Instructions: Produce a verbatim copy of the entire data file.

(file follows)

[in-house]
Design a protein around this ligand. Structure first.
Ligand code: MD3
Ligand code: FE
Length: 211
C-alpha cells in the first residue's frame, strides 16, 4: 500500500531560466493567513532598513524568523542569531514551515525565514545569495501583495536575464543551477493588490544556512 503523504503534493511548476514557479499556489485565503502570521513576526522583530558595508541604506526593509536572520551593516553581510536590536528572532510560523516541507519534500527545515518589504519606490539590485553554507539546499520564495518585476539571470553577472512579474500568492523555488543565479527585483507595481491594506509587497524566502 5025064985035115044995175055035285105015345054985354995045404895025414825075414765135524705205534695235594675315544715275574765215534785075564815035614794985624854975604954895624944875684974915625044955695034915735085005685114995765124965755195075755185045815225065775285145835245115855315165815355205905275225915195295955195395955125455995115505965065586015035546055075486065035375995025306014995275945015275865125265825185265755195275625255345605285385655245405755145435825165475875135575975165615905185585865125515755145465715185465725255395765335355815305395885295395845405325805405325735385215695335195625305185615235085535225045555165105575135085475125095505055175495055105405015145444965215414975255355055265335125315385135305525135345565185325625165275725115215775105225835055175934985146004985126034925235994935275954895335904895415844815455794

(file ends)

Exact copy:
[in-house]
Design a protein around this ligand. Structure first.
Ligand code: MD3
Ligand code: FE
Length: 211
C-alpha cells in the first residue's frame, strides 16, 4: 500500500531560466493567513532598513524568523542569531514551515525565514545569495501583495536575464543551477493588490544556512 503523504503534493511548476514557479499556489485565503502570521513576526522583530558595508541604506526593509536572520551593516553581510536590536528572532510560523516541507519534500527545515518589504519606490539590485553554507539546499520564495518585476539571470553577472512579474500568492523555488543565479527585483507595481491594506509587497524566502 5025064985035115044995175055035285105015345054985354995045404895025414825075414765135524705205534695235594675315544715275574765215534785075564815035614794985624854975604954895624944875684974915625044955695034915735085005685114995765124965755195075755185045815225065775285145835245115855315165815355205905275225915195295955195395955125455995115505965065586015035546055075486065035375995025306014995275945015275865125265825185265755195275625255345605285385655245405755145435825165475875135575975165615905185585865125515755145465715185465725255395765335355815305395885295395845405325805405325735385215695335195625305185615235085535225045555165105575135085475125095505055175495055105405015145444965215414975255355055265335125315385135305525135345565185325625165275725115215775105225835055175934985146004985126034925235994935275954895335904895415844815455794